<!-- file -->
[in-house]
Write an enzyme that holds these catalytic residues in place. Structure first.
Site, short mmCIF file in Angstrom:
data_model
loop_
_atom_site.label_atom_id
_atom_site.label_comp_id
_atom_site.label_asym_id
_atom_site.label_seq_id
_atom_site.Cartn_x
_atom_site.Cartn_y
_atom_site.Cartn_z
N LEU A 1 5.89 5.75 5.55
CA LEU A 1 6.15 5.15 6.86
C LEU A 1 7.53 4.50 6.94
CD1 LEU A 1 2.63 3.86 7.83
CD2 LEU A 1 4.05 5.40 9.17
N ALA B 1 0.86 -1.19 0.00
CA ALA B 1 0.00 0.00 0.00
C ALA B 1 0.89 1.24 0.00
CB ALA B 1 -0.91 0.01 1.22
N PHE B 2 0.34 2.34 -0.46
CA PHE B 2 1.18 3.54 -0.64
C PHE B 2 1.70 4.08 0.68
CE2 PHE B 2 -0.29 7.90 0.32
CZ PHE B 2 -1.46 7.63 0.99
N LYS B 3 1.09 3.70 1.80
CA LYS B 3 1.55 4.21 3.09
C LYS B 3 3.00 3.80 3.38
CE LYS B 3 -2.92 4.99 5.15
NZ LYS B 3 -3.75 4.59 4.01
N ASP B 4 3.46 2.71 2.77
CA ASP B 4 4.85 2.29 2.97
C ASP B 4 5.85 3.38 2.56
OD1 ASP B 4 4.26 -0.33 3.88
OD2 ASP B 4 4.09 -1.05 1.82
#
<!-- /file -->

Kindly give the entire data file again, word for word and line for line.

[in-house]
Write an enzyme that holds these catalytic residues in place. Structure first.
Site, short mmCIF file in Angstrom:
data_model
loop_
_atom_site.label_atom_id
_atom_site.label_comp_id
_atom_site.label_asym_id
_atom_site.label_seq_id
_atom_site.Cartn_x
_atom_site.Cartn_y
_atom_site.Cartn_z
N LEU A 1 5.89 5.75 5.55
CA LEU A 1 6.15 5.15 6.86
C LEU A 1 7.53 4.50 6.94
CD1 LEU A 1 2.63 3.86 7.83
CD2 LEU A 1 4.05 5.40 9.17
N ALA B 1 0.86 -1.19 0.00
CA ALA B 1 0.00 0.00 0.00
C ALA B 1 0.89 1.24 0.00
CB ALA B 1 -0.91 0.01 1.22
N PHE B 2 0.34 2.34 -0.46
CA PHE B 2 1.18 3.54 -0.64
C PHE B 2 1.70 4.08 0.68
CE2 PHE B 2 -0.29 7.90 0.32
CZ PHE B 2 -1.46 7.63 0.99
N LYS B 3 1.09 3.70 1.80
CA LYS B 3 1.55 4.21 3.09
C LYS B 3 3.00 3.80 3.38
CE LYS B 3 -2.92 4.99 5.15
NZ LYS B 3 -3.75 4.59 4.01
N ASP B 4 3.46 2.71 2.77
CA ASP B 4 4.85 2.29 2.97
C ASP B 4 5.85 3.38 2.56
OD1 ASP B 4 4.26 -0.33 3.88
OD2 ASP B 4 4.09 -1.05 1.82
#